Product Service Systems for a Circular Economy
As a consequence of the circular economy principle to ensure that business models are focused on profitable service models rather than on selling products, the interest in Product Service System thinking is gaining momentum. In January 2017, the Ellen MacArthur Foundation published its "Circular Design Guide" in which ample attention is given to product service systems such as the 'Pay per lux' scheme developed by Philips.
This website comprises a well-elaborated methodology to assist companies in moving from linear, product volume based business models to circular, service based models that ensure sustainable, long-term revenue generation while reducing or even eliminating negative impacts for the environment.
Introduction to MePSS
Successful PSS innovation asks for a strategy that focuses on designing and selling an interconnected system of products and services. MEPSS (Methodology for PSS) helps you to think 'outside the box' and actively use visualisation, analysis and stakeholder management in your design process.
The MEPSS innovation methodology and tools assist your organisation in creating new product-service offerings. All innovative organisations - regardless of their size and market sector, can use the MEPSS methodology. Supporting your use of this webtool we recommend consulting the MEPSS handbook that we published to assist you in PSS-development.
The MEPSS project has develop and bring together methodologies in various fields of expertise that are needed to cover the various aspects to take into account developing, implementing and monitoring product service systems. The MEPSS phase model supports your decision making - bringing the right PSS ideas to commercialization - and thus can open up huge new market opportunities.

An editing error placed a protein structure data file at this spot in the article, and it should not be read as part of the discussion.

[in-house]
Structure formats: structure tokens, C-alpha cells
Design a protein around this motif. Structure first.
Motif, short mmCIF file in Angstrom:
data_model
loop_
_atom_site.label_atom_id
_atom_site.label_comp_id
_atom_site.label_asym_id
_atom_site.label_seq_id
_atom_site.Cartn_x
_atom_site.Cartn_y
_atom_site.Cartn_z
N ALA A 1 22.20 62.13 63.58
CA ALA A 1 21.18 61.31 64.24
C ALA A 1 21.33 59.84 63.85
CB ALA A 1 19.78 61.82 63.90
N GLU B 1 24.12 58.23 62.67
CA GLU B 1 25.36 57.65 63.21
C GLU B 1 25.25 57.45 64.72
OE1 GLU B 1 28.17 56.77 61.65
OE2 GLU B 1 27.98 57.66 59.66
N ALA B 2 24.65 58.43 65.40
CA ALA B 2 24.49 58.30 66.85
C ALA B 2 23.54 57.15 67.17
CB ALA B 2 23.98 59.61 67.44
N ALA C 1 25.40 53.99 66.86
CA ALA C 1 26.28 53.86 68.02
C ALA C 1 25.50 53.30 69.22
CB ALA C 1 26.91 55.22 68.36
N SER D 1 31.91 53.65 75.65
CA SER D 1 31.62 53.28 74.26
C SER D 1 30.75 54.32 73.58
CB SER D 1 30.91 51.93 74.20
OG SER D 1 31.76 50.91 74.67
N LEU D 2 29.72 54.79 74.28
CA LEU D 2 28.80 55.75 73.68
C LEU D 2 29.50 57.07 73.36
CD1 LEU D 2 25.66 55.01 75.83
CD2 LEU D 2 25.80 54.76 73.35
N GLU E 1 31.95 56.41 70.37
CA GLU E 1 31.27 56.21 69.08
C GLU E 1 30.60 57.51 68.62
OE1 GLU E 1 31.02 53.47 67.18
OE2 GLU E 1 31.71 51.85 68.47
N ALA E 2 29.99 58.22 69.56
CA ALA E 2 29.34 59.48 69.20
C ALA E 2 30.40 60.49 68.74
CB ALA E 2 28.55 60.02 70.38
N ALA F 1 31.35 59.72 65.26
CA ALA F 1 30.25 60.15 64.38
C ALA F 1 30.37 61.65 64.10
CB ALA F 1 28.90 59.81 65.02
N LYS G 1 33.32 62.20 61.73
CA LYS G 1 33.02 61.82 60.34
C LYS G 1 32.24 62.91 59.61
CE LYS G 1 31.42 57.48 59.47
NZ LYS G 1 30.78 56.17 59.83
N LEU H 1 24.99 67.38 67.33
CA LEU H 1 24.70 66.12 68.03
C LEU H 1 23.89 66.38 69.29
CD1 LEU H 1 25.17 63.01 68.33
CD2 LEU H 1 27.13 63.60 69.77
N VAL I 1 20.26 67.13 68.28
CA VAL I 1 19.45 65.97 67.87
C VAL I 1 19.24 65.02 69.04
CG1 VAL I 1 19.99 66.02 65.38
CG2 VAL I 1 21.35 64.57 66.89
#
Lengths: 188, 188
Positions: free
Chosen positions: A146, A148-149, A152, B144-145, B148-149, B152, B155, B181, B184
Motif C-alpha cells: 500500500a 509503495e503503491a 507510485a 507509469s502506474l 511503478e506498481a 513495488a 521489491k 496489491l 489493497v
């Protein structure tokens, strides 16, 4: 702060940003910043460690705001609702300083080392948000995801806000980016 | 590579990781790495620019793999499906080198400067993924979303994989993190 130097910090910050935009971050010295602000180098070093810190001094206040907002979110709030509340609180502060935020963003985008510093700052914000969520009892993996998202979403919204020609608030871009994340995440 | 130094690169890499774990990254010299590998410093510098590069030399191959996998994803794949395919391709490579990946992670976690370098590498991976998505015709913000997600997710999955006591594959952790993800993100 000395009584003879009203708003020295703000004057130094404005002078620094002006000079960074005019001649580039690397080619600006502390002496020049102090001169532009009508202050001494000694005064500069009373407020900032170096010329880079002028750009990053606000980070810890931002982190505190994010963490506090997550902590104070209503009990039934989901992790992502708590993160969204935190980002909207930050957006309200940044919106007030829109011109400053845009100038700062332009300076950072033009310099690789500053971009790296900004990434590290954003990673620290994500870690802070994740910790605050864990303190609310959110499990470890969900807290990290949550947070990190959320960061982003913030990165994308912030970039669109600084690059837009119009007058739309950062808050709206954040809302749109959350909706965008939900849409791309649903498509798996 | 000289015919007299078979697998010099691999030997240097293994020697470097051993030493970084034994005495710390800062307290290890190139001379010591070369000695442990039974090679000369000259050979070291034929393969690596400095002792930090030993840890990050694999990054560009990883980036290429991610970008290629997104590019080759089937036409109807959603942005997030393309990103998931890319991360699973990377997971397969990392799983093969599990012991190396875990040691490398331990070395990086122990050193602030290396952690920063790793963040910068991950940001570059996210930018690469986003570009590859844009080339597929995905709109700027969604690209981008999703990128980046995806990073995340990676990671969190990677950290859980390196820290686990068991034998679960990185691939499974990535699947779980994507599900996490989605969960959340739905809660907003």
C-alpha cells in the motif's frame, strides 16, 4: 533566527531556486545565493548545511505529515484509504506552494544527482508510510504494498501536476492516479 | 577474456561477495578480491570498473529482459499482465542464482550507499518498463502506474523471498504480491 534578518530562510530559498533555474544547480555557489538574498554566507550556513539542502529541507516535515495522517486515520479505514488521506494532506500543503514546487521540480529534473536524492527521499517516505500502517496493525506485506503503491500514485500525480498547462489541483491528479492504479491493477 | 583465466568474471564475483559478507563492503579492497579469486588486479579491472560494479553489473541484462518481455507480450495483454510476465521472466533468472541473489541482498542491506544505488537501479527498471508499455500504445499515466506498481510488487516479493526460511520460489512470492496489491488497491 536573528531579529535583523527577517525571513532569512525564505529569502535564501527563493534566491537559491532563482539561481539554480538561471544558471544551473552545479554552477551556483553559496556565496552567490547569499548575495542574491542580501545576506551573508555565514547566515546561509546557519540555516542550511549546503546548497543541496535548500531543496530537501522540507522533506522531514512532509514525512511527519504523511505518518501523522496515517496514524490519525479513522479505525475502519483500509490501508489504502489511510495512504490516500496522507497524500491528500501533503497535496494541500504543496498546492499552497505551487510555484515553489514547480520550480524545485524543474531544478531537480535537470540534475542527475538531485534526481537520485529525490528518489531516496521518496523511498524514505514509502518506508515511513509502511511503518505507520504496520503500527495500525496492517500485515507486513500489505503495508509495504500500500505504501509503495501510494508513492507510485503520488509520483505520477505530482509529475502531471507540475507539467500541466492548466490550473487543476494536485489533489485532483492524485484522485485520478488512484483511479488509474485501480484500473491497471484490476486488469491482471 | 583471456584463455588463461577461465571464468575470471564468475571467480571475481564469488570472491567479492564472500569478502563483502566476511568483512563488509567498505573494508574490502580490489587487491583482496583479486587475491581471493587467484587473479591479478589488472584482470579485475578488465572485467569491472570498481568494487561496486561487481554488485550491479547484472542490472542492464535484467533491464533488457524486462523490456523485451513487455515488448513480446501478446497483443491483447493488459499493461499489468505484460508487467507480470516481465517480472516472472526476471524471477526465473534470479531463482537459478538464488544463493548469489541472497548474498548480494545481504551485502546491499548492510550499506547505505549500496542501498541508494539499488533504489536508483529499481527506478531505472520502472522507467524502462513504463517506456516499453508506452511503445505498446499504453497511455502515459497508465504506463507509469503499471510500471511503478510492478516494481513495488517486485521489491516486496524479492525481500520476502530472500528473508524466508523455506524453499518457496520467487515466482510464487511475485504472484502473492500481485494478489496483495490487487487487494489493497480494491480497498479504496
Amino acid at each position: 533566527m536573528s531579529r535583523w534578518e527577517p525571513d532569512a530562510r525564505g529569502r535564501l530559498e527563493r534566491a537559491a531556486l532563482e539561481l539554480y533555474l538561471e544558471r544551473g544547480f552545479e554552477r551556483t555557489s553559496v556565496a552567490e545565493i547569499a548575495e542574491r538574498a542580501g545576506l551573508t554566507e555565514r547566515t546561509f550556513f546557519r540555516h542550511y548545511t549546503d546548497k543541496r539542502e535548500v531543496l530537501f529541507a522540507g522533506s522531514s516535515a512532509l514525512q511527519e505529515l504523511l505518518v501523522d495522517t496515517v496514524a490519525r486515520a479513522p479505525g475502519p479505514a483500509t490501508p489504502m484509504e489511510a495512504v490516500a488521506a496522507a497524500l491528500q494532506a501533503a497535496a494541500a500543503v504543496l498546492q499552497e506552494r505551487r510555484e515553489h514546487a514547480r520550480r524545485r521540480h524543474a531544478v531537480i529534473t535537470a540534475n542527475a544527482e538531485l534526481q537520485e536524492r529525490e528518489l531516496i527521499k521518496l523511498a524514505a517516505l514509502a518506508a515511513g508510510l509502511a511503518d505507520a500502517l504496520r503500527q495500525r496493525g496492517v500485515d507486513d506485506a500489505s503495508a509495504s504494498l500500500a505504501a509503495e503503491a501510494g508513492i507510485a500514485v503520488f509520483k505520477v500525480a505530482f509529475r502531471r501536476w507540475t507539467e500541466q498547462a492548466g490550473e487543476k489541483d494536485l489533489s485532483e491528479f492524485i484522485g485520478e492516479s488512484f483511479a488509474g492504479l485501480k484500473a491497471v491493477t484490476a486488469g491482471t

Dominant fields of expertise that were developed in MEPSS, include:
- Design and implementation related aspects of PSS;
- Assessment of the impacts of PSS innovations on the dimensions People, Planet, Profit (e.g. through Life Cycle Assessment (LCA) and Life Cycle Costing (LCC) or new approaches);
- Succes and failure factors in the development and implementation of PSS.
Product-service systems theory brings companies to a new strategic level and provides new industrial perspectives. It opens new approaches on value creation, social context and industrialisation visions - as is reflected in the definitions of PSS in the textbox. The main point is that PSS involve a switch in the product/service mix, moving from a resource-based production system to a knowledge-based system in which all commercial activity seeks to fulfil clients' needs.
PSS are beneficial because fulfilling the needs of clients in more intelligent and efficient ways makes good business sense. They allow for complete rethinking and redesign of current processes, and often imply fundamental changes at a system level. Developing a new mindset will enable a company to rethink the value creation mechanisms it deploys for customers.
Working with PSS concepts results into learning organisations that enlarge creative thinking, and therefore the possibilities for finding a variety of new (and potentially more interesting) market propositions.